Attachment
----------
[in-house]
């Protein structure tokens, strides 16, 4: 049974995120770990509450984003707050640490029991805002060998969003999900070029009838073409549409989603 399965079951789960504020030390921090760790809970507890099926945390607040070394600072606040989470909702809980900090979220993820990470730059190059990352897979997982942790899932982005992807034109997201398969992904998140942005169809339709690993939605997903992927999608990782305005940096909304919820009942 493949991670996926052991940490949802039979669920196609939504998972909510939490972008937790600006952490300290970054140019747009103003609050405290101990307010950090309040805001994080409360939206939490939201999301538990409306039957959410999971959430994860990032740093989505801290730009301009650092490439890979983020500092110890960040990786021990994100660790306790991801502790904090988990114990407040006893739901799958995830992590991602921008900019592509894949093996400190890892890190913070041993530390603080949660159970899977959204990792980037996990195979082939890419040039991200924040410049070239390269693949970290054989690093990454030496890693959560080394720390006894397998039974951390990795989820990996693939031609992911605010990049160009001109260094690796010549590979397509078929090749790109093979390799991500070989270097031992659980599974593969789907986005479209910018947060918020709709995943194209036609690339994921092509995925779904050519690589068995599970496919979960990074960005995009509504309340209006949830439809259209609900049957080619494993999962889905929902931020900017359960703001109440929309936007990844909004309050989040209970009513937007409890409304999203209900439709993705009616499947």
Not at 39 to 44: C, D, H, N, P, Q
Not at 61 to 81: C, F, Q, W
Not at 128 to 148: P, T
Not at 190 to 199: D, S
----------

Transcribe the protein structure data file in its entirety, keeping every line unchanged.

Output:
[in-house]
């Protein structure tokens, strides 16, 4: 049974995120770990509450984003707050640490029991805002060998969003999900070029009838073409549409989603 399965079951789960504020030390921090760790809970507890099926945390607040070394600072606040989470909702809980900090979220993820990470730059190059990352897979997982942790899932982005992807034109997201398969992904998140942005169809339709690993939605997903992927999608990782305005940096909304919820009942 493949991670996926052991940490949802039979669920196609939504998972909510939490972008937790600006952490300290970054140019747009103003609050405290101990307010950090309040805001994080409360939206939490939201999301538990409306039957959410999971959430994860990032740093989505801290730009301009650092490439890979983020500092110890960040990786021990994100660790306790991801502790904090988990114990407040006893739901799958995830992590991602921008900019592509894949093996400190890892890190913070041993530390603080949660159970899977959204990792980037996990195979082939890419040039991200924040410049070239390269693949970290054989690093990454030496890693959560080394720390006894397998039974951390990795989820990996693939031609992911605010990049160009001109260094690796010549590979397509078929090749790109093979390799991500070989270097031992659980599974593969789907986005479209910018947060918020709709995943194209036609690339994921092509995925779904050519690589068995599970496919979960990074960005995009509504309340209006949830439809259209609900049957080619494993999962889905929902931020900017359960703001109440929309936007990844909004309050989040209970009513937007409890409304999203209900439709993705009616499947």
Not at 39 to 44: C, D, H, N, P, Q
Not at 61 to 81: C, F, Q, W
Not at 128 to 148: P, T
Not at 190 to 199: D, S